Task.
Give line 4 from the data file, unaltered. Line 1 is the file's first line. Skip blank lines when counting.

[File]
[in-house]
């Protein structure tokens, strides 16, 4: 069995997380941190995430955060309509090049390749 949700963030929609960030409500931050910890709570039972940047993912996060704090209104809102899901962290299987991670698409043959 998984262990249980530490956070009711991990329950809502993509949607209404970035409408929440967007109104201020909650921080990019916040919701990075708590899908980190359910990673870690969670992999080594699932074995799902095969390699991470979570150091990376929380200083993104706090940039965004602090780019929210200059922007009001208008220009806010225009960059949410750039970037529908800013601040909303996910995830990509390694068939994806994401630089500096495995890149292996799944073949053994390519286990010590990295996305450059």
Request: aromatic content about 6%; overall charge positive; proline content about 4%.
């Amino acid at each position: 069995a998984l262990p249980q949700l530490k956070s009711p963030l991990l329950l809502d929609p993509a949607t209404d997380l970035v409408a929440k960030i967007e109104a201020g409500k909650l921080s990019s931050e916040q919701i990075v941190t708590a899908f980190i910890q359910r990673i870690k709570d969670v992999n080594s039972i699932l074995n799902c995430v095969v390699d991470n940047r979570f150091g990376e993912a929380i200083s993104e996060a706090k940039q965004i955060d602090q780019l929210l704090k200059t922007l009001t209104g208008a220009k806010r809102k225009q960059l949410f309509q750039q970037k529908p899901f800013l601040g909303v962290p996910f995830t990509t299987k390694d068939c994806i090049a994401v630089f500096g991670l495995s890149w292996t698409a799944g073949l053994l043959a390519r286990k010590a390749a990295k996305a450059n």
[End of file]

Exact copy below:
């Amino acid at each position: 069995a998984l262990p249980q949700l530490k956070s009711p963030l991990l329950l809502d929609p993509a949607t209404d997380l970035v409408a929440k960030i967007e109104a201020g409500k909650l921080s990019s931050e916040q919701i990075v941190t708590a899908f980190i910890q359910r990673i870690k709570d969670v992999n080594s039972i699932l074995n799902c995430v095969v390699d991470n940047r979570f150091g990376e993912a929380i200083s993104e996060a706090k940039q965004i955060d602090q780019l929210l704090k200059t922007l009001t209104g208008a220009k806010r809102k225009q960059l949410f309509q750039q970037k529908p899901f800013l601040g909303v962290p996910f995830t990509t299987k390694d068939c994806i090049a994401v630089f500096g991670l495995s890149w292996t698409a799944g073949l053994l043959a390519r286990k010590a390749a990295k996305a450059n």